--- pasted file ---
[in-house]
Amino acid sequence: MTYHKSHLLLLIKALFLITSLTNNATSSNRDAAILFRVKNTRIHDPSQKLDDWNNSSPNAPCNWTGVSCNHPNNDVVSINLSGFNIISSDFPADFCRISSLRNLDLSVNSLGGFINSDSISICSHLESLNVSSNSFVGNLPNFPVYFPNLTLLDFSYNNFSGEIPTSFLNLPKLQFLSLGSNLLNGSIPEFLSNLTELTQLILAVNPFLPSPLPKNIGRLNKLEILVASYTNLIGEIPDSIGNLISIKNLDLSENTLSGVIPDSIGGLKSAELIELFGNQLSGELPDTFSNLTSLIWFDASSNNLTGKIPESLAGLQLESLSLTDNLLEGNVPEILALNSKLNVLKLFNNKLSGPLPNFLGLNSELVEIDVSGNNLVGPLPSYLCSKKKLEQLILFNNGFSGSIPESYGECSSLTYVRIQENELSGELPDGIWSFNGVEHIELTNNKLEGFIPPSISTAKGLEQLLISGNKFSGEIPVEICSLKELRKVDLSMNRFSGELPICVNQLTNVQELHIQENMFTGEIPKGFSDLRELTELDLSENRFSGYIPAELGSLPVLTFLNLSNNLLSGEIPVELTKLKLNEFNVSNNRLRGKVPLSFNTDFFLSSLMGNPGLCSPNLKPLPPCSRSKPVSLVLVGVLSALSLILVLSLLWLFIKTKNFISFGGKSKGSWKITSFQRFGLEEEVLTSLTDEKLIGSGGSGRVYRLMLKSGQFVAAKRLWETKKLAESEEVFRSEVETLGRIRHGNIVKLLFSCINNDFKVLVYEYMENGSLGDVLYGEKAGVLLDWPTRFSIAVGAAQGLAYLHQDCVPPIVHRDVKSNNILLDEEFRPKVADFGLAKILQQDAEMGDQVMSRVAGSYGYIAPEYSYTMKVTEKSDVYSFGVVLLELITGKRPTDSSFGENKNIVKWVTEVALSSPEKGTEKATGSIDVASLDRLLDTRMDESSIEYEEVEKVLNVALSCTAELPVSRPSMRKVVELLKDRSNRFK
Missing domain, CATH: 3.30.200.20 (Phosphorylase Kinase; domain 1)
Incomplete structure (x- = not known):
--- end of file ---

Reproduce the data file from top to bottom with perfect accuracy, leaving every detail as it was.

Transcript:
[in-house]
Amino acid sequence: MTYHKSHLLLLIKALFLITSLTNNATSSNRDAAILFRVKNTRIHDPSQKLDDWNNSSPNAPCNWTGVSCNHPNNDVVSINLSGFNIISSDFPADFCRISSLRNLDLSVNSLGGFINSDSISICSHLESLNVSSNSFVGNLPNFPVYFPNLTLLDFSYNNFSGEIPTSFLNLPKLQFLSLGSNLLNGSIPEFLSNLTELTQLILAVNPFLPSPLPKNIGRLNKLEILVASYTNLIGEIPDSIGNLISIKNLDLSENTLSGVIPDSIGGLKSAELIELFGNQLSGELPDTFSNLTSLIWFDASSNNLTGKIPESLAGLQLESLSLTDNLLEGNVPEILALNSKLNVLKLFNNKLSGPLPNFLGLNSELVEIDVSGNNLVGPLPSYLCSKKKLEQLILFNNGFSGSIPESYGECSSLTYVRIQENELSGELPDGIWSFNGVEHIELTNNKLEGFIPPSISTAKGLEQLLISGNKFSGEIPVEICSLKELRKVDLSMNRFSGELPICVNQLTNVQELHIQENMFTGEIPKGFSDLRELTELDLSENRFSGYIPAELGSLPVLTFLNLSNNLLSGEIPVELTKLKLNEFNVSNNRLRGKVPLSFNTDFFLSSLMGNPGLCSPNLKPLPPCSRSKPVSLVLVGVLSALSLILVLSLLWLFIKTKNFISFGGKSKGSWKITSFQRFGLEEEVLTSLTDEKLIGSGGSGRVYRLMLKSGQFVAAKRLWETKKLAESEEVFRSEVETLGRIRHGNIVKLLFSCINNDFKVLVYEYMENGSLGDVLYGEKAGVLLDWPTRFSIAVGAAQGLAYLHQDCVPPIVHRDVKSNNILLDEEFRPKVADFGLAKILQQDAEMGDQVMSRVAGSYGYIAPEYSYTMKVTEKSDVYSFGVVLLELITGKRPTDSSFGENKNIVKWVTEVALSSPEKGTEKATGSIDVASLDRLLDTRMDESSIEYEEVEKVLNVALSCTAELPVSRPSMRKVVELLKDRSNRFK
Missing domain, CATH: 3.30.200.20 (Phosphorylase Kinase; domain 1)
Incomplete structure (x- = not known):